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`Motor users are not ready for ATEX`

01 June, 2006

`Motor users are not ready for ATEX`

Many motor users in the UK are not properly prepared for the ATEX 137 regulations that come into force this summer. This is the verdict of Brian Austick, ABB`s LV motors specialist. "In particular, we are finding that users that have hazardous atmospheres with combustible dust are behind in their preparations," he says. "This includes industries with wood dust, as well as those handling flour and grain - bakeries and breweries, for instance."

Austick attributes this low awareness to the fact that industries involving combustible dust were not covered by the previous regulations. "By contrast," he adds, "the oil and gas industries, which have worked with hazardous areas for years, are well advanced in their preparations."

By 1 July, users have to install ATEX-approved equipment in all hazardous areas, or carry out risk assessments on their existing equipment. ATEX 137 will make end-users responsible for the safety of equipment in hazardous areas on their sites. Some of the responsibility can be delegated to equipment manufacturers, provided they have the appropriate documentation.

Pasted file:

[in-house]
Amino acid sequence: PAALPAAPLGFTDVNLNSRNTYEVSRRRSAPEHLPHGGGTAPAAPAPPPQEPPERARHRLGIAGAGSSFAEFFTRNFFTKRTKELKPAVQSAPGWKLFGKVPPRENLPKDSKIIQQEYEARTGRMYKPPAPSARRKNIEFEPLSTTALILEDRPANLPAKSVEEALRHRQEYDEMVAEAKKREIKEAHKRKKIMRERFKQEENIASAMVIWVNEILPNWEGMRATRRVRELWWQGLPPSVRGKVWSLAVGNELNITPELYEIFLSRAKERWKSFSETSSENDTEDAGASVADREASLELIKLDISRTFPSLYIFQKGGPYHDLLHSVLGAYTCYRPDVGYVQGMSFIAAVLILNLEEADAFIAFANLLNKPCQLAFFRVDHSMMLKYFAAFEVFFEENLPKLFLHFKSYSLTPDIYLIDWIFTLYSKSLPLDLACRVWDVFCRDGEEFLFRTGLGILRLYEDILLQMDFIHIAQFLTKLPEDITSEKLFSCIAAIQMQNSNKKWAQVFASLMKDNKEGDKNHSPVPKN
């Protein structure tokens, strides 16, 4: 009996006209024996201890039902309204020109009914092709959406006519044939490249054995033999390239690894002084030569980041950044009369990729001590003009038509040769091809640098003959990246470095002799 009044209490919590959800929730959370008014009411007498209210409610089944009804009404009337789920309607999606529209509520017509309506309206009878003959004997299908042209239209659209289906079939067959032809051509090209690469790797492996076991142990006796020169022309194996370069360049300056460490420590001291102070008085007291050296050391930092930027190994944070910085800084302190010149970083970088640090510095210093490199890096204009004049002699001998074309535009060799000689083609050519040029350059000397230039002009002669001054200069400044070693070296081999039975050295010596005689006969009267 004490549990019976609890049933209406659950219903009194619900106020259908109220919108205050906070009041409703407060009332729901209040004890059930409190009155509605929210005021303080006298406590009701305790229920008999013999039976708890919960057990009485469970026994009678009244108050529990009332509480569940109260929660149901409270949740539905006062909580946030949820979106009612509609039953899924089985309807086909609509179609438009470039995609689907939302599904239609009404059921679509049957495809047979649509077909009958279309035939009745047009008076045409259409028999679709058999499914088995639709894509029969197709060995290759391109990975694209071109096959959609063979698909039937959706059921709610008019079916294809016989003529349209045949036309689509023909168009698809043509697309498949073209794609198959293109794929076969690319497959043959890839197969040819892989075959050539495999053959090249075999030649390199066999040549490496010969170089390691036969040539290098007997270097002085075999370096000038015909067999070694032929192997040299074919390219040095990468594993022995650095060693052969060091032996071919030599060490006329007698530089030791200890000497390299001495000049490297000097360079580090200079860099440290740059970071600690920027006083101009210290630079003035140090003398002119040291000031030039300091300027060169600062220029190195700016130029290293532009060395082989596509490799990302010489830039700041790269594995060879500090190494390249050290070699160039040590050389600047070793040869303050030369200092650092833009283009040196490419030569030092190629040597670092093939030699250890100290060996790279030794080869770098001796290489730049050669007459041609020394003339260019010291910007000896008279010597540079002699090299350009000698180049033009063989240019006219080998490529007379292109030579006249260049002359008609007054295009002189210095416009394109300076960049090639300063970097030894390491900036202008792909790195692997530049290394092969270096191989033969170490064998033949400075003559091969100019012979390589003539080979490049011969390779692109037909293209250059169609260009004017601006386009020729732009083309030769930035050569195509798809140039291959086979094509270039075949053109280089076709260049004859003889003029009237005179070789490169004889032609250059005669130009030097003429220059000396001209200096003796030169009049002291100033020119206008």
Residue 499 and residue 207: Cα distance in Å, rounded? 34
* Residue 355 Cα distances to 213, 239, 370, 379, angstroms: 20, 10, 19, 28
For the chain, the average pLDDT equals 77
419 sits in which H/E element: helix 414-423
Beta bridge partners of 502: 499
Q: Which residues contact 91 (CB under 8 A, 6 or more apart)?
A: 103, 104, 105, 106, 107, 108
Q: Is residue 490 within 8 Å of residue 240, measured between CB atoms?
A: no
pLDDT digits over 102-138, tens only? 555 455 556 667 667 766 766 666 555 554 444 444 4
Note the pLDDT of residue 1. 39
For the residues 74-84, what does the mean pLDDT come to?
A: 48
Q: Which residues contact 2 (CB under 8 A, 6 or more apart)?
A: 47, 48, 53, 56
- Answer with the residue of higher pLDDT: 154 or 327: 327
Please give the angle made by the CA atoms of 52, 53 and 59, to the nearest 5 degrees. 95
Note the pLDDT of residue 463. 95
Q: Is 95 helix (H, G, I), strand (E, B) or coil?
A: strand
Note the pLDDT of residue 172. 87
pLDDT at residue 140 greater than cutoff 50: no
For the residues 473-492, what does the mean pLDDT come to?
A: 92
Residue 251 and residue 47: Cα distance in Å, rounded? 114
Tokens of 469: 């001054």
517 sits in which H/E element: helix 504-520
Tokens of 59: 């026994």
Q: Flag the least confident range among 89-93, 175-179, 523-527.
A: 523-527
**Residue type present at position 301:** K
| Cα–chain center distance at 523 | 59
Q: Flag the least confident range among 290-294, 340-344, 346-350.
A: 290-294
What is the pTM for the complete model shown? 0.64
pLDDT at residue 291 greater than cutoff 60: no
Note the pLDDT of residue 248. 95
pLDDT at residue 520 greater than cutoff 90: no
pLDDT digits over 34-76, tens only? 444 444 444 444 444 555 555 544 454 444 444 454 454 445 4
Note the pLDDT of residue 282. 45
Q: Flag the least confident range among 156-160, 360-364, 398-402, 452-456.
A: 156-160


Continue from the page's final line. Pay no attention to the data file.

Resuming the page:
The new regulations will make the site`s safety manager personally responsible for safety. There will be severe penalties for negligence.

Employers will have to take measures to prevent explosive atmospheres from forming. If this is not possible, they will have to take measures to avoid potentially explosive atmospheres from igniting. In addition, the effects of any explosion must be minimised.

The earlier ATEX 95 regulations, implemented in 2003, placed responsibilities on manufacturers to supply equipment offering suitable protection for the level of hazard.

To help motor users find out more about ATEX, ABB has set up a UK "panic line" on 078 0292 3649, which will be answered by one of its ATEX experts 24 hours a day. Although aimed mainly at ABB`s own customers, the service will also be available to other motor users.




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